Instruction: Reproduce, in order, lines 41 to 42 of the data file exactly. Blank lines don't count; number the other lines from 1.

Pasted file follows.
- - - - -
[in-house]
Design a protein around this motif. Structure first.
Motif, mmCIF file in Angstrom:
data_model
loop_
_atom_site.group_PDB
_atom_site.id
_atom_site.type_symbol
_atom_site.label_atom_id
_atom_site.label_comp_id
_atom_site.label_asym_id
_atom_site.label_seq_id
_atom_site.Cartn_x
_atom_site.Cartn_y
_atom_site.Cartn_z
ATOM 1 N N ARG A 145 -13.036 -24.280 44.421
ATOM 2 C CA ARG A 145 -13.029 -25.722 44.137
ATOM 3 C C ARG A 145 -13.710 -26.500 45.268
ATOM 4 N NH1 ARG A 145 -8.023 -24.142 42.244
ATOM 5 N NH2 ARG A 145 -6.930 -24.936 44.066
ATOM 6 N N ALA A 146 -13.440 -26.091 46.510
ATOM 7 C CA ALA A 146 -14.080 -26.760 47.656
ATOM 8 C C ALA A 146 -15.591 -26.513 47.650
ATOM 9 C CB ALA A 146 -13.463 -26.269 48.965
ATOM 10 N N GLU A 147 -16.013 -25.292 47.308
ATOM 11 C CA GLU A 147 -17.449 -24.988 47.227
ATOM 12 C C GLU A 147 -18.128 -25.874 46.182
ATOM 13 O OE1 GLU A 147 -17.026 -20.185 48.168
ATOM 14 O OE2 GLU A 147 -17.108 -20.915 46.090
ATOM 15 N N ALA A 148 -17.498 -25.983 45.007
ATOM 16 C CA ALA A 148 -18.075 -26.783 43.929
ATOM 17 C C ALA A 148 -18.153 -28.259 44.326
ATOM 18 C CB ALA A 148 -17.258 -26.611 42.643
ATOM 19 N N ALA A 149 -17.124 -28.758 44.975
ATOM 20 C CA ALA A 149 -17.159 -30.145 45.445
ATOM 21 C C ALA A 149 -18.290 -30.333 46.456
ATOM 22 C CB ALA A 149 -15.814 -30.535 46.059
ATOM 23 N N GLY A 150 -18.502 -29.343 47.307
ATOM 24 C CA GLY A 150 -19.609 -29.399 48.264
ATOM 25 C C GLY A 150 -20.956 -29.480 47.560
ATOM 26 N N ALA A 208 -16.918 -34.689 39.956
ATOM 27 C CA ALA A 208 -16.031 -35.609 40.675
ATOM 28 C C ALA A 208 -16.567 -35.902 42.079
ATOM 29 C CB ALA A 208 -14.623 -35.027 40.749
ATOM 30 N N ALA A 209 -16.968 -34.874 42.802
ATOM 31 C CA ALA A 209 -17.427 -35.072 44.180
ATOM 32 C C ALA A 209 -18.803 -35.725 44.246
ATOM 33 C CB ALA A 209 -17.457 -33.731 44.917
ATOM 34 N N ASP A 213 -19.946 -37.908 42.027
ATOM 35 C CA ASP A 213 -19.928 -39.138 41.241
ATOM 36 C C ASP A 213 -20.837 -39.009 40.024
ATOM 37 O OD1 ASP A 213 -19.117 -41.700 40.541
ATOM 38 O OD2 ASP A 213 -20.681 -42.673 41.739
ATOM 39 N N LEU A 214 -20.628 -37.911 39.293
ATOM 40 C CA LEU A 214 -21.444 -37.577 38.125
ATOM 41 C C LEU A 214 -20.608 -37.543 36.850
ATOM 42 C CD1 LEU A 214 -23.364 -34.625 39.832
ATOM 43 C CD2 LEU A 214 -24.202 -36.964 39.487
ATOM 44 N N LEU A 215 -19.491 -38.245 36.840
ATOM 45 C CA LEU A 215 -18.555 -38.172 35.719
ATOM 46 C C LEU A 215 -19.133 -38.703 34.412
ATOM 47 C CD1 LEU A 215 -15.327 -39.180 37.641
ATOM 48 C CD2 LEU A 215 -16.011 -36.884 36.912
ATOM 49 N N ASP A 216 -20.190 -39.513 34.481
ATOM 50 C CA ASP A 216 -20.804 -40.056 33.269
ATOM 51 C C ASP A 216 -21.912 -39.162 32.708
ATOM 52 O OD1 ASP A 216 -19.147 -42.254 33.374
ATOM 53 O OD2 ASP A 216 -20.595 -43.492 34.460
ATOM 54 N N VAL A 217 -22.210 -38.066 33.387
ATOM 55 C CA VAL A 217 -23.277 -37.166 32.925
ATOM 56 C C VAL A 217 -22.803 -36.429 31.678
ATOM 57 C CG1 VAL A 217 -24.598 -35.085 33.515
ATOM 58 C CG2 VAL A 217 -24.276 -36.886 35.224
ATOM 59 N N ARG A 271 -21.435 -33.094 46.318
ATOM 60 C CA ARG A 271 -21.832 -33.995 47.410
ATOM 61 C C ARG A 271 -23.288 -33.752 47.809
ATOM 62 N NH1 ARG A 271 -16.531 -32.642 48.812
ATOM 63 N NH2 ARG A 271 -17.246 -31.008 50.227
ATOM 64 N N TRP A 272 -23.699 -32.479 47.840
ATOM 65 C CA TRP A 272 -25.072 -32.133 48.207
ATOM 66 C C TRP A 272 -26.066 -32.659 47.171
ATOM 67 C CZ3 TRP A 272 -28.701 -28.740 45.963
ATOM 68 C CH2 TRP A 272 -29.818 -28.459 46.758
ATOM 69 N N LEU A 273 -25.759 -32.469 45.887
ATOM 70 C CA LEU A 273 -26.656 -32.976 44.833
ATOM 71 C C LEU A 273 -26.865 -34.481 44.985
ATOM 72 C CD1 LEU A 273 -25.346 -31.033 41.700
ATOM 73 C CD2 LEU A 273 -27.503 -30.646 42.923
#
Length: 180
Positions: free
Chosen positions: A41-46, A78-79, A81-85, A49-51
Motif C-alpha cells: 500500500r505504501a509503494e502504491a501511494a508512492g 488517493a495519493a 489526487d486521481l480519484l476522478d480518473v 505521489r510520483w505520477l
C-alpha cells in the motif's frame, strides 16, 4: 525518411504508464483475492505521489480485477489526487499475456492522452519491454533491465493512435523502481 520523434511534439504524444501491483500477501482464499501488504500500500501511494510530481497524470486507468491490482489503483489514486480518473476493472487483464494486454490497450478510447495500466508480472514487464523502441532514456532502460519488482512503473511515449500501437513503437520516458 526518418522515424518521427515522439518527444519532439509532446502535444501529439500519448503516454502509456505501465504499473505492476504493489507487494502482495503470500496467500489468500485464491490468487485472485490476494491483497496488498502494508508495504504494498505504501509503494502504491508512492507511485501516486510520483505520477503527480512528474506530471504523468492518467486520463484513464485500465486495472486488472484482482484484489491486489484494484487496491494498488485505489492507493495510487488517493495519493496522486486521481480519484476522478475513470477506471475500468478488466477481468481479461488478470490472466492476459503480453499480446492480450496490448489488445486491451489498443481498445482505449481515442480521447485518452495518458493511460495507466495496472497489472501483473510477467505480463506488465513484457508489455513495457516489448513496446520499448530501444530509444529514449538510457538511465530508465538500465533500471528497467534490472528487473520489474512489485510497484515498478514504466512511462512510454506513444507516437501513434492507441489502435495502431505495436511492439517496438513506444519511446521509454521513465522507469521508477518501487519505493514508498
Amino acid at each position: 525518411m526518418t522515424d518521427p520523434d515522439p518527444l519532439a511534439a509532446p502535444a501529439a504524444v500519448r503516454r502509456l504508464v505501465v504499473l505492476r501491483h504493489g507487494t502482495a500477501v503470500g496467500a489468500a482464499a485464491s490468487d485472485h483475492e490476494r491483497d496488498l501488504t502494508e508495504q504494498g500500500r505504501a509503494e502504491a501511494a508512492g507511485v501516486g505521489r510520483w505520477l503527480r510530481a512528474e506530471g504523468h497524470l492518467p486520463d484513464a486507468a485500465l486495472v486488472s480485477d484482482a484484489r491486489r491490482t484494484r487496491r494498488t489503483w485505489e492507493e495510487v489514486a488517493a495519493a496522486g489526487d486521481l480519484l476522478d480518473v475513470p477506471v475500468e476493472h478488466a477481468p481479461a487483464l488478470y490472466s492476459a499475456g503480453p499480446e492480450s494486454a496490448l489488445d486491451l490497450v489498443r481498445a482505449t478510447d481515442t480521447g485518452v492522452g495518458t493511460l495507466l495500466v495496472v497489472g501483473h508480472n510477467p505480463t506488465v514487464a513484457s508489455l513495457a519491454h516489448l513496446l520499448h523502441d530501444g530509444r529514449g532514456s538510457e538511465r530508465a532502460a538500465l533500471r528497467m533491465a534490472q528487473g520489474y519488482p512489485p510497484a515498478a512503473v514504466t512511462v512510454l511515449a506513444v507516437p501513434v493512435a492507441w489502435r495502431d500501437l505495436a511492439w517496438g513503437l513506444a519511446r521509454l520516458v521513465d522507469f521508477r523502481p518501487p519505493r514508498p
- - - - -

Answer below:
ATOM 26 N N ALA A 208 -16.918 -34.689 39.956
ATOM 27 C CA ALA A 208 -16.031 -35.609 40.675